Is Godot Gradually Adopting C# as Its Primary Programming Language?

Hello fellow Godot enthusiasts,

I’ve been pondering a question that’s been on my mind lately: Is Godot moving towards adopting C# as its primary programming language? With the growing popularity and versatility of C#, I’m curious to know if the Godot community and developers are leaning more towards this robust language.

We all know that Godot currently supports multiple programming languages, including GDScript, which is great for its simplicity and ease of use. However, C# offers a powerful set of features and a vast ecosystem that could potentially enhance the development experience on the Godot platform.

I’m interested in hearing thoughts from the community:

  • Do you see a shift towards C# in the Godot ecosystem?
  • What are the advantages or disadvantages of using C# as the main language for Godot development?
  • How do you think this could impact the future of Godot game development?

Looking forward to a lively discussion and insights from everyone!

Best regards

2024.5.24 Edit:
Additional conditions
“Initially, Unity employed its proprietary scripting language, Mono, but transitioned to C# as its primary programming language. This strategic shift has yielded numerous advantages, such as broadening its developer base, enriching the available libraries and frameworks, and fostering a closer integration with Microsoft.”

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Unlikely, this has been shot down many times by the Godot devs if you read the GitHub issues, so unless they leave the project and gdscript unprotected, it is here to stay.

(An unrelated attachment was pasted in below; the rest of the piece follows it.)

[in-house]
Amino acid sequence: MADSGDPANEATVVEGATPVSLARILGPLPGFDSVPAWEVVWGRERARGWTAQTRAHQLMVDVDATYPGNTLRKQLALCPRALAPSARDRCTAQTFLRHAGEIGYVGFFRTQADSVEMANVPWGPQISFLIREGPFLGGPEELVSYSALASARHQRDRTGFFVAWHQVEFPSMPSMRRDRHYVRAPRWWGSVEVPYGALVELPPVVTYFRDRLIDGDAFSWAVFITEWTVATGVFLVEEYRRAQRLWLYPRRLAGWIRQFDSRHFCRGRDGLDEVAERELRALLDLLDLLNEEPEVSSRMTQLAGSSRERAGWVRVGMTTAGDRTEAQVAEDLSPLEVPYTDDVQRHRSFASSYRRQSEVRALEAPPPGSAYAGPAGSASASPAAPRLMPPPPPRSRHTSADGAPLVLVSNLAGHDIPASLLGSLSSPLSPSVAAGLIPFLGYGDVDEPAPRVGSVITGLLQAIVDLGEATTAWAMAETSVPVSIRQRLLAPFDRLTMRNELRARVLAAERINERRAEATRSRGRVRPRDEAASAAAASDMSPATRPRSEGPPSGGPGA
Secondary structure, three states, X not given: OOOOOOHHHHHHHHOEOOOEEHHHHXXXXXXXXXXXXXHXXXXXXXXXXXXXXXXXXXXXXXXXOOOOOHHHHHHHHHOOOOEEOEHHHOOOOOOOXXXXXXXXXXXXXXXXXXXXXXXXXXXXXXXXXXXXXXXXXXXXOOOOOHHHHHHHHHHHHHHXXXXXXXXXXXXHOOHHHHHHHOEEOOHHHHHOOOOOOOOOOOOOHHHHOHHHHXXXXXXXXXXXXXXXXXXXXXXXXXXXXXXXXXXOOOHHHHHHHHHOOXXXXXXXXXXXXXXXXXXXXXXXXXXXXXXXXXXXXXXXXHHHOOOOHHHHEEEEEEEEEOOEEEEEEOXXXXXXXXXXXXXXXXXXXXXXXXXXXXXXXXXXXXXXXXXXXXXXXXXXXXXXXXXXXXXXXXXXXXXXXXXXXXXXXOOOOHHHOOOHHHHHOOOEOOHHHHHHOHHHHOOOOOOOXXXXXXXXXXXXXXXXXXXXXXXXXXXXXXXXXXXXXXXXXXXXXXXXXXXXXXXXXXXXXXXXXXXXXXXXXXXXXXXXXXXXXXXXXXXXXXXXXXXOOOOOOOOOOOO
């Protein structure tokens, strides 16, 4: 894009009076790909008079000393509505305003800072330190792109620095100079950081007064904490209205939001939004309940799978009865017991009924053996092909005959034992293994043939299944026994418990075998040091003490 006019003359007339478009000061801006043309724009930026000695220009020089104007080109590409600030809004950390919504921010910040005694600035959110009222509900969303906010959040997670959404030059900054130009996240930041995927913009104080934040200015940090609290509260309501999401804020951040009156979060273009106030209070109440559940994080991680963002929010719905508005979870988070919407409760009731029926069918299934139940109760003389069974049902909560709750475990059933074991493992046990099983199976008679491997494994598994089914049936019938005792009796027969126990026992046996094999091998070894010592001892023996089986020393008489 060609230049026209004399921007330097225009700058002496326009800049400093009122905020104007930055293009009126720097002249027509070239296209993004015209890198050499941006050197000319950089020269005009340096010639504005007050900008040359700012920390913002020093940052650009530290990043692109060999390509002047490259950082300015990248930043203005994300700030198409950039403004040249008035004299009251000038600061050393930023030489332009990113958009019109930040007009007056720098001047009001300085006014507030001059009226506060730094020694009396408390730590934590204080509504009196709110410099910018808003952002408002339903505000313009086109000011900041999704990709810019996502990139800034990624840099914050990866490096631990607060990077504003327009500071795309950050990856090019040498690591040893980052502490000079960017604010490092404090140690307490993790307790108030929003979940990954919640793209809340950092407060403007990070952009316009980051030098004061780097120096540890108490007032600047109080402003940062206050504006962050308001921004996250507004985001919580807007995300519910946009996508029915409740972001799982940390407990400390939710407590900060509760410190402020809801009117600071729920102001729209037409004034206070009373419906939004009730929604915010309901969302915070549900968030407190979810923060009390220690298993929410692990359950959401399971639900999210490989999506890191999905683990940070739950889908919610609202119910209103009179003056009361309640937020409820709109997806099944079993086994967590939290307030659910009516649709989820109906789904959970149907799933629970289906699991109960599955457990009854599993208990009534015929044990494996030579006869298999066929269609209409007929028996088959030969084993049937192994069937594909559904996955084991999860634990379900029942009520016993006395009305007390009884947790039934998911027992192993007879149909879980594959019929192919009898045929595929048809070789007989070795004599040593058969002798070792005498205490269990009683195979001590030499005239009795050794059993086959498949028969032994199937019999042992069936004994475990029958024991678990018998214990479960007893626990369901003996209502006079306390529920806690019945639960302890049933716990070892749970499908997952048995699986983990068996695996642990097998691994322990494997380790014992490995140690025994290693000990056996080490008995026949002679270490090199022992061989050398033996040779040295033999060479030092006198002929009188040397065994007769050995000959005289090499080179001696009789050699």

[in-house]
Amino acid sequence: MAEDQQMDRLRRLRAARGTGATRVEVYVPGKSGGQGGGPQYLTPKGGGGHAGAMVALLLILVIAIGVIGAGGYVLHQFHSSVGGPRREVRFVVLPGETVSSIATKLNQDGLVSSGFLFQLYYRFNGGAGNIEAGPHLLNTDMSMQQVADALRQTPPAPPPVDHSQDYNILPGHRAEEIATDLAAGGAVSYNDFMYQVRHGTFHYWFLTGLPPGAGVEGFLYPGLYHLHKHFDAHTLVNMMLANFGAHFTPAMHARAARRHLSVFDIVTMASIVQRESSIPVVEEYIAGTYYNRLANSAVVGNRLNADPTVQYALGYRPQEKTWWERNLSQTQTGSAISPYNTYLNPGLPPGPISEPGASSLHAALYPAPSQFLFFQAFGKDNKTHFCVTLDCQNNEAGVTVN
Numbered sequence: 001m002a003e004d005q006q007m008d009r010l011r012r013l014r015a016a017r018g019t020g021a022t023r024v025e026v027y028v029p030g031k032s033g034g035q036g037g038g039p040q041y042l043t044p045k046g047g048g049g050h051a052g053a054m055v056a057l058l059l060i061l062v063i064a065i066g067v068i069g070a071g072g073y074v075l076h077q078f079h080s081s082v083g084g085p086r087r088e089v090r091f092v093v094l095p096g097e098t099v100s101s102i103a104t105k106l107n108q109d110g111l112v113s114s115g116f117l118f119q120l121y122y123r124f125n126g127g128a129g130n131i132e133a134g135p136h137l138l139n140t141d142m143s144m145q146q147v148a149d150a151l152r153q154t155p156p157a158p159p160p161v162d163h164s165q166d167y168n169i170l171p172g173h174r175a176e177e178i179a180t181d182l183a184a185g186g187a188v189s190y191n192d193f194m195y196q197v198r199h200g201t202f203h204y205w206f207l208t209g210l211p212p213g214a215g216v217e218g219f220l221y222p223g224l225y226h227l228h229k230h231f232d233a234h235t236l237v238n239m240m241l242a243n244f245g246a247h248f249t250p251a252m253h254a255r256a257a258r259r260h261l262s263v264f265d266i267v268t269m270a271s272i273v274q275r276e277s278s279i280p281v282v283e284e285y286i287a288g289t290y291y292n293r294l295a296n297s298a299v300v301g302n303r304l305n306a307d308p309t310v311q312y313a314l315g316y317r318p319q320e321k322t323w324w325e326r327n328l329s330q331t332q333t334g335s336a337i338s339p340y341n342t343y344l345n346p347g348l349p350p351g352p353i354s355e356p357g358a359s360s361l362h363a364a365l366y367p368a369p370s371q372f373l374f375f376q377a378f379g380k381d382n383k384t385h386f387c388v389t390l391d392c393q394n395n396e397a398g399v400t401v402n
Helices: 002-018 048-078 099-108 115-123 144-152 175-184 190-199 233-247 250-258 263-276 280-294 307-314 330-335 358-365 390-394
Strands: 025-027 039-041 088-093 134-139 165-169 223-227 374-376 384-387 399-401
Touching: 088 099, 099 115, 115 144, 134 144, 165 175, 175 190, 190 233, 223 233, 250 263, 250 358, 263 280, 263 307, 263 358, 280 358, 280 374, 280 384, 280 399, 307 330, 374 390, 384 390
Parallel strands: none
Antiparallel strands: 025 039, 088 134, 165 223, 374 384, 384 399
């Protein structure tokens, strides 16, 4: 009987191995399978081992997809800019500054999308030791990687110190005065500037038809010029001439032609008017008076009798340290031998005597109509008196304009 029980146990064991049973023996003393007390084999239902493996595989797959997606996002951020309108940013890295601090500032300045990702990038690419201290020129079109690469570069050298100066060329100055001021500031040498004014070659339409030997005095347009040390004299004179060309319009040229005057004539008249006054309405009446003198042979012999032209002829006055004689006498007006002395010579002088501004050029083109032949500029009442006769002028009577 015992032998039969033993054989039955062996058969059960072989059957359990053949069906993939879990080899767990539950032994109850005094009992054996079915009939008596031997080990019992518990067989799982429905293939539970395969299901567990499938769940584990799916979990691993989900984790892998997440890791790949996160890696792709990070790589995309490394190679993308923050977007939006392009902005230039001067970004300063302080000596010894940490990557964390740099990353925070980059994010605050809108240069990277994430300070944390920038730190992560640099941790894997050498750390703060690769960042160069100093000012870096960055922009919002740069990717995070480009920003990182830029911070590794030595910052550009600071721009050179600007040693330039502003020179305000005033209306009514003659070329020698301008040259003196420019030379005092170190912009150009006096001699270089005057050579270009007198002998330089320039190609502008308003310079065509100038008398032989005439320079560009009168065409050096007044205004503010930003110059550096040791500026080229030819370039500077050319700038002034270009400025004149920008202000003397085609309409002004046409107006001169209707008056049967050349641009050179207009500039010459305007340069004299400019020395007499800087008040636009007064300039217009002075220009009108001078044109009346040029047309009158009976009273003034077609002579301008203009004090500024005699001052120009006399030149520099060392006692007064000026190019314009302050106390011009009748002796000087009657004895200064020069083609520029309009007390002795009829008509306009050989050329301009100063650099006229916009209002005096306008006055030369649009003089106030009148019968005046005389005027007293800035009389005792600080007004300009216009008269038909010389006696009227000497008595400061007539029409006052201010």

Is it growing? I can’t accept this claim. I don’t see more or less people using either c# or gdscript in the forums. I think there may be a bigger community of migrating unity/c# users. They don’t use C# because it’s better, most likely they are comfortable with it and don’t want to change. There are also many compatibility issues currently with C#. It’s getting better, but I read it still gives them heartache.

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Personally, I never cared for c# – it’s just a slightly more proprietary java, as far as I’m concerned. GDscript isn’t burdened with a garbage collector or massive additional libraries, and GDscript is much more fun to program in.

People have cited c#'s speed before, but most of the heavy lifting in any project is done by lower-level code in the engine, so c# isn’t as much of an advantage as it might seem. It’s really more of a personal preference.

However, godot won’t be developed by the same people forever, so I predict that c# will win… eventually… unless everyone switches to the next popular language first. I doubt it will happen for several years, so I’m content.

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Seems like a zero-chance of that happening with how many extra hoops must be jumped through for C#. Plus it’s a largely proprietary language. As a totally custom language GDScript can be tightly bound to the engine in a way C# would not.